Protests in Iran Shatter Image of a United Country

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by Jamie Dettmer

 

The outrage was aired first of all on social media forums — before spilling chaotically on to the streets with Saturday’s mass protests catching Iranian authorities off-guard and exposing how many Iranians hold the country’s embattled regime in disdain.

After three days of public denials, the confession Saturday by the Iranian military that it was behind last week’s downing of a Ukrainian airliner sparked fury and demands for the country’s supreme leader, Ayatollah Ali Khamenei, to resign.

The belated admission — after days of denials — of the unintentional shooting down of the passenger jet, and Khamenei’s promise the culprits will be punished, appears not to have staunched a flood of anger that broke through the narrow limits of criticism Iranian authorities allow. Saturday’s protests come weeks after Iran faced the country’s bloodiest unrest since the 1979 Islamic revolution. Dozens are thought to have been killed.

Videos posted on social media showed hundreds of mainly young people gathering to protest at several universities in the Iranian capital. They had come ostensibly to honor the 176 who died when the Iranian military accidentally shot down the airliner, apparently mistaking it for a U.S. cruise missile.

But the protests morphed quickly into anti-regime agitation with calls for Iran’s ‘supreme leader’ to step down amid chants,“ Khamenei is over.” Even more striking was the ripping up of photographs of Qassem Soleimani, the top Iranian general assassinated by the U.S. in a drone strike. “Soleimani is a murderer, his leader a traitor,” some chanted in Tehran.

Saturday’s protests, which were not confined to the Iranian capital, spreading to major cities such as Shiraz, Isfahan, Hamedan and Orumiyeh, shattered the carefully crafted image Iranian authorities have presented to the World of a nation united in grief and anger over the killing of Soleimani, the country’s top general and the reputed strategist behind Iran’s “dirty wars” in the region, say analysts.

Considered to be the most powerful man in Iran after Khamenei, his funeral last week in his native city of Kerman was attended by hundreds of thousands of mourners — in the crush 56 people were killed. The grief expressed by many Iranians for the general was genuine, according to regional experts.”

Such is the culture of reverence for ‘martyrs’ in Iran, going back to the Sunni-Shia schism in the 7th century, and the latent hostility towards America that in death the commander was always going to be elevated to the status of national hero,” former British diplomat Peter Westmacott said.

But the former envoy added, in a commentary for Britain’s Sunday Times newspaper, that Soleimani was a controversial figure in Iran, too, and had been “increasingly attracting criticism at home.”

Disapproval of Soleimani among reform-minded Iranians spilled out publicly Saturday, as anti-government protesters chanted that America is not “our enemy.” Demonstrators carefully avoided walking on U.S. and Israeli flags painted on the street outside one university. Students outside Shahid Beheshti University booed revolutionary guardsmen as they trampled on the painted flags, chanting: “Shame on you.”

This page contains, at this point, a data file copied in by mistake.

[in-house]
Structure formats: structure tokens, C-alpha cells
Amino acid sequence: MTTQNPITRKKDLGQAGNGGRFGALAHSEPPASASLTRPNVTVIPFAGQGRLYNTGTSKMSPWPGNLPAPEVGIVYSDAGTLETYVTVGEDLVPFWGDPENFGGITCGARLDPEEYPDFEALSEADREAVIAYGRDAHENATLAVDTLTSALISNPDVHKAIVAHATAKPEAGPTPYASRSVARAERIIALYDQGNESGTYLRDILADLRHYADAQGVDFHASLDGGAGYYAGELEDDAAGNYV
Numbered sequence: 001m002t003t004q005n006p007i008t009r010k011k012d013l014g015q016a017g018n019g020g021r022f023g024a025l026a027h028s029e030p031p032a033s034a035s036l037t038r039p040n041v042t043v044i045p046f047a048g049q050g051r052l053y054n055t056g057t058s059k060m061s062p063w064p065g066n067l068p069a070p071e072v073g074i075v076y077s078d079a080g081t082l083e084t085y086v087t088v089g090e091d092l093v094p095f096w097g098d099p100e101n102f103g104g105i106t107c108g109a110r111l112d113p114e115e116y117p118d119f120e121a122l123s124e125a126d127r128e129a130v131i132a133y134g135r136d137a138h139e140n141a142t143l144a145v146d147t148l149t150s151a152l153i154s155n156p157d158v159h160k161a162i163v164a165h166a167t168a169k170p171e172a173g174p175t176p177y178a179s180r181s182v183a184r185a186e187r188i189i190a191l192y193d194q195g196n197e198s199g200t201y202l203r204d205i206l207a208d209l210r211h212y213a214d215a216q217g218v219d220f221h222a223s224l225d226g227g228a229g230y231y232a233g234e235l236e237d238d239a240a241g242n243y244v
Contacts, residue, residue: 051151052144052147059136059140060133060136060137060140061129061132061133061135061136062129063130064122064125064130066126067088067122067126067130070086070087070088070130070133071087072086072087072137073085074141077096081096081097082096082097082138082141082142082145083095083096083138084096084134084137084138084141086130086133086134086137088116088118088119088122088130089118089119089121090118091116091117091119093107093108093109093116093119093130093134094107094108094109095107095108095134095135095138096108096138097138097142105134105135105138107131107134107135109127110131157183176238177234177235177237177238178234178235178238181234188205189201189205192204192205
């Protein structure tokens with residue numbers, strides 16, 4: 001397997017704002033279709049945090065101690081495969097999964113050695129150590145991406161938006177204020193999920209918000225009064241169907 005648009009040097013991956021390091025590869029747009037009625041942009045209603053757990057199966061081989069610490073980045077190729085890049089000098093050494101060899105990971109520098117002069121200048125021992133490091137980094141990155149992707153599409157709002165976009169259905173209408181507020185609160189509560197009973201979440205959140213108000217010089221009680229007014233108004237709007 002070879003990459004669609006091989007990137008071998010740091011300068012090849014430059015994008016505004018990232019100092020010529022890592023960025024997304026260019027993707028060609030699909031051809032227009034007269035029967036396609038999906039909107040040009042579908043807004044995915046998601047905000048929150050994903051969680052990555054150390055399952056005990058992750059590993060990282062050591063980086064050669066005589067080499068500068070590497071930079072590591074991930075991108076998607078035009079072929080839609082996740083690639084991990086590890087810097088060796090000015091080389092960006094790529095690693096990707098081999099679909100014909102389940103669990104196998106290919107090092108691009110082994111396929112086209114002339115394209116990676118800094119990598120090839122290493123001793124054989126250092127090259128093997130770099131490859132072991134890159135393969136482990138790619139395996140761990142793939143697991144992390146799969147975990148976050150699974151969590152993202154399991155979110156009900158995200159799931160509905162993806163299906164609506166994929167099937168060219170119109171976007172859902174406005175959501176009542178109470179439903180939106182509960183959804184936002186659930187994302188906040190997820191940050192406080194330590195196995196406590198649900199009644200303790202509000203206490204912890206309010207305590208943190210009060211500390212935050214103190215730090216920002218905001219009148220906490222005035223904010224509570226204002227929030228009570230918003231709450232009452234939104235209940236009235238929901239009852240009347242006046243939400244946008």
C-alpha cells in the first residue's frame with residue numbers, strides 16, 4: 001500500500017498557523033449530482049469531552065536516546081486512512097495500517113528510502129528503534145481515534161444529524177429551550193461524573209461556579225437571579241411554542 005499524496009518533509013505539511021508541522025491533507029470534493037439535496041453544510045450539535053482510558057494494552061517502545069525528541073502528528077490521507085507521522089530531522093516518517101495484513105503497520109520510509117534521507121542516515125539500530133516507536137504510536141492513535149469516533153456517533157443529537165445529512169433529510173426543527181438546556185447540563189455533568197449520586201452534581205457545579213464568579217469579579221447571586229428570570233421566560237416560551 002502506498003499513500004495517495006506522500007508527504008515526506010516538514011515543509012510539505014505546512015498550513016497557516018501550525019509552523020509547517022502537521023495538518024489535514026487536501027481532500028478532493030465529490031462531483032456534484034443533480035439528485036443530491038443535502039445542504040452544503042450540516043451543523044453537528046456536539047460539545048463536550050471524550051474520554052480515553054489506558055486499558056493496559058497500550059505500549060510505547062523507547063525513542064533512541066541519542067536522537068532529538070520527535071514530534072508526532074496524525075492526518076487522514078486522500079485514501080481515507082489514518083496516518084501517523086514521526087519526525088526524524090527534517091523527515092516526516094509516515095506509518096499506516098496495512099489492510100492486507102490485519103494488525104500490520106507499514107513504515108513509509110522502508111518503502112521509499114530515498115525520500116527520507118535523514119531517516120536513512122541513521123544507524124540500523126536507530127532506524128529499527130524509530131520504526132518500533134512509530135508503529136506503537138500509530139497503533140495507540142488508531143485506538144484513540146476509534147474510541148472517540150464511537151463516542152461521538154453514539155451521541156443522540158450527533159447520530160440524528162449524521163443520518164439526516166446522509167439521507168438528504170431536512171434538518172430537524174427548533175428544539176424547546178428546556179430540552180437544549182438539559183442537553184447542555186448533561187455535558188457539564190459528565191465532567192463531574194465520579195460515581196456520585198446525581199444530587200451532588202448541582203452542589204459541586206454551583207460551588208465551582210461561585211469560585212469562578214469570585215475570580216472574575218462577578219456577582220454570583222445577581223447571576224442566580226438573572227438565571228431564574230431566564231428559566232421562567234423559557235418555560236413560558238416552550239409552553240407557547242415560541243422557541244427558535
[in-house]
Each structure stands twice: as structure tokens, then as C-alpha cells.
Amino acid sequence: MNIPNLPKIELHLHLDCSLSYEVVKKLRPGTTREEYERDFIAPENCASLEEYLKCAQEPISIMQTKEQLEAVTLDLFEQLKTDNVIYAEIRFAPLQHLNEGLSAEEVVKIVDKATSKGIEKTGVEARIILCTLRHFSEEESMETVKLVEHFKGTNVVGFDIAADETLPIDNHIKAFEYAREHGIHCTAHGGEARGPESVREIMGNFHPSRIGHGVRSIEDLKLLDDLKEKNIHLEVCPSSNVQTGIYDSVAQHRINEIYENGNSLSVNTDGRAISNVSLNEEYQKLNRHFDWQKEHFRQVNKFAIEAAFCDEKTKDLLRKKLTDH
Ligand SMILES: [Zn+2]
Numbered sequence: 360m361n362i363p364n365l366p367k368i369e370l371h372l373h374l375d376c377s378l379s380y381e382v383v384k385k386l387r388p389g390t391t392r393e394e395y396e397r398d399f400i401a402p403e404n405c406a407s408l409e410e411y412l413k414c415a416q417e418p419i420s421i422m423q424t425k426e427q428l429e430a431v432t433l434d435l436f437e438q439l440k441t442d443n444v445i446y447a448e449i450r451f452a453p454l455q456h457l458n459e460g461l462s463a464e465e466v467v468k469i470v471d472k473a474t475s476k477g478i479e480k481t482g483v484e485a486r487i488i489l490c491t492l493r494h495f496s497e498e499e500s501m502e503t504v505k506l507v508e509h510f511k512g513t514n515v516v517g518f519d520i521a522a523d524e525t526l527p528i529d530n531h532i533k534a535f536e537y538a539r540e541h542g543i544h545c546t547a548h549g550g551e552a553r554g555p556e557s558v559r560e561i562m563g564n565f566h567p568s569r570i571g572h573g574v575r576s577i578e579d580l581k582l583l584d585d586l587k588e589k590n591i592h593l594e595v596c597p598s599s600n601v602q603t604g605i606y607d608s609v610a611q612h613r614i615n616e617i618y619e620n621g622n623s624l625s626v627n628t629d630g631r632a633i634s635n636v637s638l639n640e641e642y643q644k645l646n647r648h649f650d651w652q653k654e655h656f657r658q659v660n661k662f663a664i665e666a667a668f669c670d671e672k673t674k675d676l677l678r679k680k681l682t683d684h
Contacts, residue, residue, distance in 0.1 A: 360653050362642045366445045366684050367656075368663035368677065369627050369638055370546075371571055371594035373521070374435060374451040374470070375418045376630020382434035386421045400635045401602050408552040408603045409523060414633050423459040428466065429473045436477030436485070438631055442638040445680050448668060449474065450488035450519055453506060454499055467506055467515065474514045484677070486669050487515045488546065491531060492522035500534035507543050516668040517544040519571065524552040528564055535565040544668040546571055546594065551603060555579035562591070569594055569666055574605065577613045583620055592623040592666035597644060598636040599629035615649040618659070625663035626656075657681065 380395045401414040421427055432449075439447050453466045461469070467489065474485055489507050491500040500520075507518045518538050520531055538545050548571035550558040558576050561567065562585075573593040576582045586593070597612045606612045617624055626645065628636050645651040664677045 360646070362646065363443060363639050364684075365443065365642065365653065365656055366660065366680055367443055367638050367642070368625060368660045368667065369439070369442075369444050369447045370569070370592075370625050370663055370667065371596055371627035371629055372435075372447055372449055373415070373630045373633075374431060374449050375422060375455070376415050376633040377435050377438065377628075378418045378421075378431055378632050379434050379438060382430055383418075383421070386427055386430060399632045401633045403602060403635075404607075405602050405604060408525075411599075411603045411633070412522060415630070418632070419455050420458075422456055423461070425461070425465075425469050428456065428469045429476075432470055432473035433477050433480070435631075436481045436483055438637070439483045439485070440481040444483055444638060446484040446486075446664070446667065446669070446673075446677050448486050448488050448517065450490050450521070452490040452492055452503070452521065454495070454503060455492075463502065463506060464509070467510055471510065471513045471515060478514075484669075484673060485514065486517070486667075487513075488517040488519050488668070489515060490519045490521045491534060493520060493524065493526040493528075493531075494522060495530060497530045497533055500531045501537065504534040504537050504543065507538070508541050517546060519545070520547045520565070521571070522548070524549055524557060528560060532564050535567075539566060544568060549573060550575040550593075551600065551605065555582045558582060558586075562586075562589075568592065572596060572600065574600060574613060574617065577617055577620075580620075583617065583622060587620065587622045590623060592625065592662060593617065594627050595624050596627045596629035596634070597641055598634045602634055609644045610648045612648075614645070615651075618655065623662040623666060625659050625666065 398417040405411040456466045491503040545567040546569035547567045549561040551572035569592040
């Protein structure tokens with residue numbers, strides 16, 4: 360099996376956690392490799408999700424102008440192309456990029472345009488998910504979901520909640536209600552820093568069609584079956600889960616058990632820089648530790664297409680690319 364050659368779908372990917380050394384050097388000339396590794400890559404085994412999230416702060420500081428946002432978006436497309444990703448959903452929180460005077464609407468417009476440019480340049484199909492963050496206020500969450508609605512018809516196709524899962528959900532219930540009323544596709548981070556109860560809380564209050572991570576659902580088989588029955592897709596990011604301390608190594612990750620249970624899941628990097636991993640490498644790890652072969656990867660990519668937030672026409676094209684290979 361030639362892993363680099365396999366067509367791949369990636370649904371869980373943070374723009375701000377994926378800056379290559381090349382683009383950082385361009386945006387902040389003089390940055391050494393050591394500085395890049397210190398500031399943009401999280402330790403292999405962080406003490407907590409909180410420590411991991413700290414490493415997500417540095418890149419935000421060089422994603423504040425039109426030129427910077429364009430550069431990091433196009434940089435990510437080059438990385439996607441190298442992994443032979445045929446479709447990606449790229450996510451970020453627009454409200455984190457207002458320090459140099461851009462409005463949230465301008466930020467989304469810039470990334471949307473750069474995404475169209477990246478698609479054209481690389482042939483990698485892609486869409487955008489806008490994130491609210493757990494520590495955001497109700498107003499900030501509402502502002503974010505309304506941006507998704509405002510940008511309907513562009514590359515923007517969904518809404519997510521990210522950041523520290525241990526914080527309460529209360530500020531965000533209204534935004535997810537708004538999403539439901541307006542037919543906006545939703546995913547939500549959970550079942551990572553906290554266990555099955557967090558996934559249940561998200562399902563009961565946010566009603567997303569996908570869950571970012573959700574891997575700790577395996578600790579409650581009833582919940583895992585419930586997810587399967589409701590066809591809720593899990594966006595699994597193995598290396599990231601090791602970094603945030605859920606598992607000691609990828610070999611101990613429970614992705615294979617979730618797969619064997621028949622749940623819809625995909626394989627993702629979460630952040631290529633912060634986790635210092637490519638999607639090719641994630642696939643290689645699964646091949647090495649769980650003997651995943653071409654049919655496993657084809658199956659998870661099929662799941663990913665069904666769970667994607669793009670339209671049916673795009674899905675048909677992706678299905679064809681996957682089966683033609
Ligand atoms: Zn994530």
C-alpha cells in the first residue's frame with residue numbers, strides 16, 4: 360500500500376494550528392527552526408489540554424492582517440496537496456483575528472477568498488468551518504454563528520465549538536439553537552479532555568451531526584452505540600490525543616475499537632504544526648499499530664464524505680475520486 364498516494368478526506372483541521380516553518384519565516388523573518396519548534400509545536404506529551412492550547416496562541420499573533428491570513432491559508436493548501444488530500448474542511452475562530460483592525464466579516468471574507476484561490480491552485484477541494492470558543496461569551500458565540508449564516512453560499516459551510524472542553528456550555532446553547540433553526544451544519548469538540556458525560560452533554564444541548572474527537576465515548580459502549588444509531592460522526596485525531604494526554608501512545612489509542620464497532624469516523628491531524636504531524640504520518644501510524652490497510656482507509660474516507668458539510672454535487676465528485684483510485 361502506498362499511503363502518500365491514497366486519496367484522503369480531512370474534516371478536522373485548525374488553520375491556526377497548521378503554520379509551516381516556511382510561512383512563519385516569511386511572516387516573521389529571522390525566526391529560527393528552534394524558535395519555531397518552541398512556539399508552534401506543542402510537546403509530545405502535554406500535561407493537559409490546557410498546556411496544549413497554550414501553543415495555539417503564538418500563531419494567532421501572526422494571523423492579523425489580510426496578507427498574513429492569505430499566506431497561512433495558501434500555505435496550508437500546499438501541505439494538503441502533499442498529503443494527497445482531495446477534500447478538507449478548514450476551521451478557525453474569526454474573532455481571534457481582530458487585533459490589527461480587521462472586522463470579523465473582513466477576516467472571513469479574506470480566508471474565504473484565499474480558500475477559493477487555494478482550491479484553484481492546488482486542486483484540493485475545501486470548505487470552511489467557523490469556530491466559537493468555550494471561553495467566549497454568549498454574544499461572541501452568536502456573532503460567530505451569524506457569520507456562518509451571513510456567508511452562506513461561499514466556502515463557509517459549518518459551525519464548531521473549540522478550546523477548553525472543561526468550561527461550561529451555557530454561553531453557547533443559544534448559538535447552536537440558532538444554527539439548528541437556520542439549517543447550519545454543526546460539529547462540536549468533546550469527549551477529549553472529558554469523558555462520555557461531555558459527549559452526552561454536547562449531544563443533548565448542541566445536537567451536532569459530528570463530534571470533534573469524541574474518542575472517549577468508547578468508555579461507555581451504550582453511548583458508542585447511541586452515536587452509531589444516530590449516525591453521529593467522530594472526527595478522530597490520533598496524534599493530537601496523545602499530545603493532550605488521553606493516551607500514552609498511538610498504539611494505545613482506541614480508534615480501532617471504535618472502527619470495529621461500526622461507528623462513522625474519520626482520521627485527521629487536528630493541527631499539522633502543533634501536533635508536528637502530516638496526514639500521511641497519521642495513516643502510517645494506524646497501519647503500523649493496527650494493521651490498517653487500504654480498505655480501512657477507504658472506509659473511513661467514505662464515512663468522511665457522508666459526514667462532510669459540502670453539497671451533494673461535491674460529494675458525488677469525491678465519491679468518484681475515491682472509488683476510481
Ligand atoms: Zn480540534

“Our enemy is right here, they lie saying it’s America,” another shouted.

The shooting down of the passenger plane is being billed as Iran’s Chernobyl moment, the 1986 disaster in Soviet Ukraine which exposed all the incompetence, state deception and rot in that regime,” according to Iran Wire, an opposition news site for Iranian citizen journalists.

It said: “There is a widespread sense that Iran’s government was only forced into admitting its responsibility under pressure from governments such as Canada, which lost more than 60 of its citizens in the crash, most of them dual citizens of Iranian background.”

Western analysts say the comparison to the Chernobyl disaster — which is thought to have hastened the collapse of the Soviet Union — goes too far.

Even so, analysts say Iranian authorities are facing possibly their biggest crisis since the 1979 Islamic revolution. Observers note the speed with which senior clerical, political and military leaders appeared to be scrambling to contain the fallout from what President Hassan Rouhani Saturday termed a “disastrous mistake.”

A day earlier, one of Rouhani’s top advisers called assessments by Western intelligence that Iran had shot down the jet “psychological warfare.” Hessameddin Ashna, tweeted, “A warning is given to Iranian nationals working in Persian language media about participating in the psychological warfare related to the Ukrainian airplane.” Ashna said the claims that Iran was behind the shooting down of the plane was just a media “counter-attack” by America.

Notably, criticism of the government isn’t confined to opposition groups and outlets. Iran’s moderate Etemad newspaper wrote in a banner headline Sunday, “Apologize and resign.” It said the “people’s demand” was that all those responsible for mishandling the plane crisis should quit.

That appeared to be a direct riposte to Ayatollah Khamenei, who expressed “deep sympathy” to those who died in the downing of the jet but did not apologize, leaving that to other senior officials.

Despite the tough line taken Saturday by police, Sunday saw more anti-government demonstrations. In the town of Sanandaj, according to a video posted online, security forces beat female protesters. In Tehran, a protester tweeted that security forces had blocked roads to try to “stop us from protesting.”

She added: “We’ve managed to get around them. Now there are sounds of gunfire.”

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Jamie Dettmer is a reporter at VOANews.com.

 

 

 

 

 

 

 

 

 


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